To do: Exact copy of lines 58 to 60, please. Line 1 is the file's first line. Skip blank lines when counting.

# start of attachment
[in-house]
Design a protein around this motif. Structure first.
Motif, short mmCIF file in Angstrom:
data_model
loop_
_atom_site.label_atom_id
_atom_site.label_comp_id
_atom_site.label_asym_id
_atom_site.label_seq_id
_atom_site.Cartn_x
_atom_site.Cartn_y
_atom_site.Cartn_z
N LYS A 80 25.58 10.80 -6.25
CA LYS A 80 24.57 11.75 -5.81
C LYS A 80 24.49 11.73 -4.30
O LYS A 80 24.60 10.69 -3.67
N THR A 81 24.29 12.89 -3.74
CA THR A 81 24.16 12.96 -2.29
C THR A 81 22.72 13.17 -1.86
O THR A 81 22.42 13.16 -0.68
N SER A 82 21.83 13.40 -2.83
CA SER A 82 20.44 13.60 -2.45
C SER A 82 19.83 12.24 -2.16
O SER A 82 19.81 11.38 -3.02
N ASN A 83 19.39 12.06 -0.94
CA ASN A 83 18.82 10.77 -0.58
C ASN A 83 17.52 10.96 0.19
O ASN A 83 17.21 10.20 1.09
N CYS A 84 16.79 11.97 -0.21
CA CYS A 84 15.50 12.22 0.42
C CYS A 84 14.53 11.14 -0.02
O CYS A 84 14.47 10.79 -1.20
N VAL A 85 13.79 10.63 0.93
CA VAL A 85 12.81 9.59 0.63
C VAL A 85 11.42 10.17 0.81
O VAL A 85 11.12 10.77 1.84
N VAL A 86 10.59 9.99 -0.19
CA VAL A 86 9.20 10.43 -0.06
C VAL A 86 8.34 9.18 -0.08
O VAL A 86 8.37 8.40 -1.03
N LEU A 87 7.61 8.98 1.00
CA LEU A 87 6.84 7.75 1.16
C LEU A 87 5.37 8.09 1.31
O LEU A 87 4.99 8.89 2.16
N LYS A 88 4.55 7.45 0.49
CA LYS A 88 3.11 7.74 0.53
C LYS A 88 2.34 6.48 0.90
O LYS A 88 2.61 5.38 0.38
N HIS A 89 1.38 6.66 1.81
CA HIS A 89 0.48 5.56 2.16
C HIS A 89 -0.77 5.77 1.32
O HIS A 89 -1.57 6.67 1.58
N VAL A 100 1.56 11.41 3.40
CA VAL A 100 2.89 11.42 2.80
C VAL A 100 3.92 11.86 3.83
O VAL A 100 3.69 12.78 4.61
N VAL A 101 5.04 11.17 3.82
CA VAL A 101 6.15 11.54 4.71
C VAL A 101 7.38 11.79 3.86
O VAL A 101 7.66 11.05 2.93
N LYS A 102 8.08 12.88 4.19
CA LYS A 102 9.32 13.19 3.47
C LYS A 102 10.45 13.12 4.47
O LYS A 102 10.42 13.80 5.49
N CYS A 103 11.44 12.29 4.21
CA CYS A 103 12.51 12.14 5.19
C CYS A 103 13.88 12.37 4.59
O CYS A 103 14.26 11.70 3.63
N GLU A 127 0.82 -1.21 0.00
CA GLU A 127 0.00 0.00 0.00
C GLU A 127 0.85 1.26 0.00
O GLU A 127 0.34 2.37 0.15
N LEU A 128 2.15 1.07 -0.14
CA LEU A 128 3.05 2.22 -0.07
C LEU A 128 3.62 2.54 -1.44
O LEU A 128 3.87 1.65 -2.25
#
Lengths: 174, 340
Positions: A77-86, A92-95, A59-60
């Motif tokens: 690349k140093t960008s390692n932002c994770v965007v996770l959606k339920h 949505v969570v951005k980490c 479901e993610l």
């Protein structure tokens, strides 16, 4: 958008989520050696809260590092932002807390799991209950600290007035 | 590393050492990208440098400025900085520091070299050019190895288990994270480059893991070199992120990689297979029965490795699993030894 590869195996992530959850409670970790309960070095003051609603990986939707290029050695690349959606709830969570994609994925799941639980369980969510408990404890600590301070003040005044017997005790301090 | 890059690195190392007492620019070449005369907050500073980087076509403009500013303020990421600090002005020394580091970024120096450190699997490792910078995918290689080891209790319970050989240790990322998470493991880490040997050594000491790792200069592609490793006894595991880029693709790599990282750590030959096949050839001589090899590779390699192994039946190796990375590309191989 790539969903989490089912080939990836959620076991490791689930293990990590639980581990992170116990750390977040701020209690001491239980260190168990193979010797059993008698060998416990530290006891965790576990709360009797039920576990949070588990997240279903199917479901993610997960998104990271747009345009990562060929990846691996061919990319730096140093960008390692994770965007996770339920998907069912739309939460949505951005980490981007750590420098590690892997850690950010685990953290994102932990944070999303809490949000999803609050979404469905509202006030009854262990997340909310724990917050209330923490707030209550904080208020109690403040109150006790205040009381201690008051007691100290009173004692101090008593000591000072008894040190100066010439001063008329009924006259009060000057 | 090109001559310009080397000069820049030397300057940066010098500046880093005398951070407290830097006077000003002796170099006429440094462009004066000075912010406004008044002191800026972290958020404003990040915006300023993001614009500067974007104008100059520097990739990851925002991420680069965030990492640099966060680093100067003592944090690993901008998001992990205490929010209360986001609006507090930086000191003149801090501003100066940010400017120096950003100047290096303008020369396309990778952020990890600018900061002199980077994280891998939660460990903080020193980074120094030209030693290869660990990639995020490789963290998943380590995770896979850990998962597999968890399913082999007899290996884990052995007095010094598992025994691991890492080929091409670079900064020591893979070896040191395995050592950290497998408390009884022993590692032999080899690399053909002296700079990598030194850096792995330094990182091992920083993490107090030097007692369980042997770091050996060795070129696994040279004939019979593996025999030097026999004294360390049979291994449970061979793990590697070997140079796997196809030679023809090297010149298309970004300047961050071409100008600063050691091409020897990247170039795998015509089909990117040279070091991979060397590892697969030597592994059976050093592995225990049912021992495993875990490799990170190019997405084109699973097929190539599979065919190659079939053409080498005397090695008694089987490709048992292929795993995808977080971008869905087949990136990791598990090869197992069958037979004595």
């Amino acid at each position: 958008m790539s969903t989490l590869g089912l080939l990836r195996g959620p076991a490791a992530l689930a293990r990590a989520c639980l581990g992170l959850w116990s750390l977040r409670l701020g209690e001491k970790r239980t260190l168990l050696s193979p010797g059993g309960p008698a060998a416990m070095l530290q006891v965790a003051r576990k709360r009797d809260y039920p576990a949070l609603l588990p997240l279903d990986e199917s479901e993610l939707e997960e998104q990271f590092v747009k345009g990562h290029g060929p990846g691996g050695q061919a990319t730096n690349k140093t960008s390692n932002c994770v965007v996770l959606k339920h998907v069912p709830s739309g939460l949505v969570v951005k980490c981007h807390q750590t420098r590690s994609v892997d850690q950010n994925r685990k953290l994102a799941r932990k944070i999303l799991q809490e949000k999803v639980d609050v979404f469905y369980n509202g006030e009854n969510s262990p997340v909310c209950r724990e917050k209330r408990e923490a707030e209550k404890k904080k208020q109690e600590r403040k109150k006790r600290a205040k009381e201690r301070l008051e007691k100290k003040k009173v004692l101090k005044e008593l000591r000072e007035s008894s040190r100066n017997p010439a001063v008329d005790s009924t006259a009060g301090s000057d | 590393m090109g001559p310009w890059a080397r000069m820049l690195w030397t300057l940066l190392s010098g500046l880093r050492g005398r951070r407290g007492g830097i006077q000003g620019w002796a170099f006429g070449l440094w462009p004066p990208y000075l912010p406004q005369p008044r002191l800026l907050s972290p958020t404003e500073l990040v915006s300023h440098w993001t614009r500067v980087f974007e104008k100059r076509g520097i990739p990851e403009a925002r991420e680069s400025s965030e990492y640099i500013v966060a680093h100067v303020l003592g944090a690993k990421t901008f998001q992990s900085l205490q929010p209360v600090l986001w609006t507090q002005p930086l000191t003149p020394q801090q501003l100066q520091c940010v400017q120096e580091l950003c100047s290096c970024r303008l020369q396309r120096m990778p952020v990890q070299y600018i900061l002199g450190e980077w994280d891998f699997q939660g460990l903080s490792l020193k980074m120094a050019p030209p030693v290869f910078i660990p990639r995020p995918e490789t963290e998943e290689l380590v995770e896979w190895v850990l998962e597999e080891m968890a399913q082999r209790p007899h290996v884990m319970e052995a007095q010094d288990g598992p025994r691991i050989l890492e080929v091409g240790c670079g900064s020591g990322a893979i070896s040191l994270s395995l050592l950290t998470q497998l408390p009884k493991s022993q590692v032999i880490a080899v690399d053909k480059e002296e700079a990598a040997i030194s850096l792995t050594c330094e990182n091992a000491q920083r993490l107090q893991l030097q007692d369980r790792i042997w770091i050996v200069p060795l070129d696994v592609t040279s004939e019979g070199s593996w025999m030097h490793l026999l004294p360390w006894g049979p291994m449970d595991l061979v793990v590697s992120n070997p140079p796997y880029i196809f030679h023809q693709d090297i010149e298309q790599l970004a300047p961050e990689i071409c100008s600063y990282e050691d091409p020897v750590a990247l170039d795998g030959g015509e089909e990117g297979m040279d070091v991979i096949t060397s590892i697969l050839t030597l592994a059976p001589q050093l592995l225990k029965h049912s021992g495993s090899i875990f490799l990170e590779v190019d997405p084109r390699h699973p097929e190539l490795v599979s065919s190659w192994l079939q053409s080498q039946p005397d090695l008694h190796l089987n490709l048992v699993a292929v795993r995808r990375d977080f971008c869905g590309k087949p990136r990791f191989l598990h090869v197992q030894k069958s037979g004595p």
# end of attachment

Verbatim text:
CA VAL A 101 6.15 11.54 4.71
C VAL A 101 7.38 11.79 3.86
O VAL A 101 7.66 11.05 2.93